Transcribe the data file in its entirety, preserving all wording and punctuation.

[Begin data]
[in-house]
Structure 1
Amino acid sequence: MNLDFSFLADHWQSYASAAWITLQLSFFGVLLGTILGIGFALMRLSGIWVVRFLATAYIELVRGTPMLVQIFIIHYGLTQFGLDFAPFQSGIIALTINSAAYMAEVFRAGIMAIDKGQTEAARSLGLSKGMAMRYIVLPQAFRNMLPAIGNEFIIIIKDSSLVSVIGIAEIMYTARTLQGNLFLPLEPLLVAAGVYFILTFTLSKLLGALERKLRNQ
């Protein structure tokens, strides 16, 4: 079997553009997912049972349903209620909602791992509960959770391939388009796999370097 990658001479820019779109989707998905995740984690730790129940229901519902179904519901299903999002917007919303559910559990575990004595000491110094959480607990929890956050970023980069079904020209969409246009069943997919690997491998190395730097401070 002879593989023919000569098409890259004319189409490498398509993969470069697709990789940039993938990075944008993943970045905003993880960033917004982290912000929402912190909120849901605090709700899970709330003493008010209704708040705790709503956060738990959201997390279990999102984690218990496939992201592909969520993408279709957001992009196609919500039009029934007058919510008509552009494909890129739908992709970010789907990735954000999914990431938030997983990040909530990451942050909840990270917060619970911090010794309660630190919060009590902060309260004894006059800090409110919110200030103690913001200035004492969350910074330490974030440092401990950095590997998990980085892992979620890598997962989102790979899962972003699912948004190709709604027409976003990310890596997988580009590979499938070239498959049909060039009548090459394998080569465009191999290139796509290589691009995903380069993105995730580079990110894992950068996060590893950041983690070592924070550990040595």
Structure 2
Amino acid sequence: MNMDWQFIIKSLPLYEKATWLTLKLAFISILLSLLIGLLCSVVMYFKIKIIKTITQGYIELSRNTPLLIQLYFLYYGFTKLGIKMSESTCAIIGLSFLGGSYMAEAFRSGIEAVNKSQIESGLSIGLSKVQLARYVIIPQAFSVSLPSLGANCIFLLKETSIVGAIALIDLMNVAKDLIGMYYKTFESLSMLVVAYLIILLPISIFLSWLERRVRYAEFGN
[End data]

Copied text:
[in-house]
Structure 1
Amino acid sequence: MNLDFSFLADHWQSYASAAWITLQLSFFGVLLGTILGIGFALMRLSGIWVVRFLATAYIELVRGTPMLVQIFIIHYGLTQFGLDFAPFQSGIIALTINSAAYMAEVFRAGIMAIDKGQTEAARSLGLSKGMAMRYIVLPQAFRNMLPAIGNEFIIIIKDSSLVSVIGIAEIMYTARTLQGNLFLPLEPLLVAAGVYFILTFTLSKLLGALERKLRNQ
């Protein structure tokens, strides 16, 4: 079997553009997912049972349903209620909602791992509960959770391939388009796999370097 990658001479820019779109989707998905995740984690730790129940229901519902179904519901299903999002917007919303559910559990575990004595000491110094959480607990929890956050970023980069079904020209969409246009069943997919690997491998190395730097401070 002879593989023919000569098409890259004319189409490498398509993969470069697709990789940039993938990075944008993943970045905003993880960033917004982290912000929402912190909120849901605090709700899970709330003493008010209704708040705790709503956060738990959201997390279990999102984690218990496939992201592909969520993408279709957001992009196609919500039009029934007058919510008509552009494909890129739908992709970010789907990735954000999914990431938030997983990040909530990451942050909840990270917060619970911090010794309660630190919060009590902060309260004894006059800090409110919110200030103690913001200035004492969350910074330490974030440092401990950095590997998990980085892992979620890598997962989102790979899962972003699912948004190709709604027409976003990310890596997988580009590979499938070239498959049909060039009548090459394998080569465009191999290139796509290589691009995903380069993105995730580079990110894992950068996060590893950041983690070592924070550990040595």
Structure 2
Amino acid sequence: MNMDWQFIIKSLPLYEKATWLTLKLAFISILLSLLIGLLCSVVMYFKIKIIKTITQGYIELSRNTPLLIQLYFLYYGFTKLGIKMSESTCAIIGLSFLGGSYMAEAFRSGIEAVNKSQIESGLSIGLSKVQLARYVIIPQAFSVSLPSLGANCIFLLKETSIVGAIALIDLMNVAKDLIGMYYKTFESLSMLVVAYLIILLPISIFLSWLERRVRYAEFGN